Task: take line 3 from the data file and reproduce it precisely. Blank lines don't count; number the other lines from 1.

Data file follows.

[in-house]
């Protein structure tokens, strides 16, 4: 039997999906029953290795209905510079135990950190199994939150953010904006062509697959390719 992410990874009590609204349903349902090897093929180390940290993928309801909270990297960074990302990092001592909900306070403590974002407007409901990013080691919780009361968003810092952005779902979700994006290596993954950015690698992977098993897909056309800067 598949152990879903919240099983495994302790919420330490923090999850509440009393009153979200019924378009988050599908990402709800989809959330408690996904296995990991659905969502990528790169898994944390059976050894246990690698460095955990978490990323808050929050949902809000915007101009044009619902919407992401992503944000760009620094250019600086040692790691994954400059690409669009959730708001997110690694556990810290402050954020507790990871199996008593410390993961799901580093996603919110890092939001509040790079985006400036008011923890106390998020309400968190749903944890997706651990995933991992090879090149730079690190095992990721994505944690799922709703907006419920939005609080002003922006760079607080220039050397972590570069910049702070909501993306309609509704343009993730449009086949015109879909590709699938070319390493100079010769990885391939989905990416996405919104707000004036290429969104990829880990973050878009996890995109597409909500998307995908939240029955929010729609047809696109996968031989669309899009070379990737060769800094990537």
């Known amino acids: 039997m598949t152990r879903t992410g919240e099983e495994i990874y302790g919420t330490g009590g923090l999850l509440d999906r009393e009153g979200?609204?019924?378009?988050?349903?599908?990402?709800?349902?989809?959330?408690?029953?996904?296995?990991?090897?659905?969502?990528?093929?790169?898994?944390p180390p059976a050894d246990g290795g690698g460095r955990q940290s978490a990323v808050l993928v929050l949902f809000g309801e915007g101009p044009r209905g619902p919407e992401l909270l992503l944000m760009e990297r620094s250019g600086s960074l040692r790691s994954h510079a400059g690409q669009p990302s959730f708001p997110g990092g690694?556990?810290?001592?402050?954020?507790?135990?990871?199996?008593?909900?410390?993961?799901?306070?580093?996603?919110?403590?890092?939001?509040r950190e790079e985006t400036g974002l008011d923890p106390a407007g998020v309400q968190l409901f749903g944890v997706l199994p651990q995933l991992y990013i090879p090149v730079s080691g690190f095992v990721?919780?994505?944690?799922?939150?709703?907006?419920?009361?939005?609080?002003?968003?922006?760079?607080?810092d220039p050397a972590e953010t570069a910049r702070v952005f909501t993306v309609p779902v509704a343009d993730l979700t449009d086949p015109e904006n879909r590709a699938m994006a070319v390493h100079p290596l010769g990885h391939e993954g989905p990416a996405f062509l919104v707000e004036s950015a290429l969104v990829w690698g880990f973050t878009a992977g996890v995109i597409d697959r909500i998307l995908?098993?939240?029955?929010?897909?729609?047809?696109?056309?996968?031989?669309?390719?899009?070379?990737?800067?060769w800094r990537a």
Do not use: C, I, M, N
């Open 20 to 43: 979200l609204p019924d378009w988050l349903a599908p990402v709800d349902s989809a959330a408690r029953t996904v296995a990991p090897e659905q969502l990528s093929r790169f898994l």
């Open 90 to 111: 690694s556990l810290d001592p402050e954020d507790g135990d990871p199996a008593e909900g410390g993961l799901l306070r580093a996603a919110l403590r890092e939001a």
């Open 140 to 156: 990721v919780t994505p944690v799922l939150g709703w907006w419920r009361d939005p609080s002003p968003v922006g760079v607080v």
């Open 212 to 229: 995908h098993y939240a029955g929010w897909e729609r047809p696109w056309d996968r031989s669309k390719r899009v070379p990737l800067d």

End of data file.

């Known amino acids: 039997m598949t152990r879903t992410g919240e099983e495994i990874y302790g919420t330490g009590g923090l999850l509440d999906r009393e009153g979200?609204?019924?378009?988050?349903?599908?990402?709800?349902?989809?959330?408690?029953?996904?296995?990991?090897?659905?969502?990528?093929?790169?898994?944390p180390p059976a050894d246990g290795g690698g460095r955990q940290s978490a990323v808050l993928v929050l949902f809000g309801e915007g101009p044009r209905g619902p919407e992401l909270l992503l944000m760009e990297r620094s250019g600086s960074l040692r790691s994954h510079a400059g690409q669009p990302s959730f708001p997110g990092g690694?556990?810290?001592?402050?954020?507790?135990?990871?199996?008593?909900?410390?993961?799901?306070?580093?996603?919110?403590?890092?939001?509040r950190e790079e985006t400036g974002l008011d923890p106390a407007g998020v309400q968190l409901f749903g944890v997706l199994p651990q995933l991992y990013i090879p090149v730079s080691g690190f095992v990721?919780?994505?944690?799922?939150?709703?907006?419920?009361?939005?609080?002003?968003?922006?760079?607080?810092d220039p050397a972590e953010t570069a910049r702070v952005f909501t993306v309609p779902v509704a343009d993730l979700t449009d086949p015109e904006n879909r590709a699938m994006a070319v390493h100079p290596l010769g990885h391939e993954g989905p990416a996405f062509l919104v707000e004036s950015a290429l969104v990829w690698g880990f973050t878009a992977g996890v995109i597409d697959r909500i998307l995908?098993?939240?029955?929010?897909?729609?047809?696109?056309?996968?031989?669309?390719?899009?070379?990737?800067?060769w800094r990537a």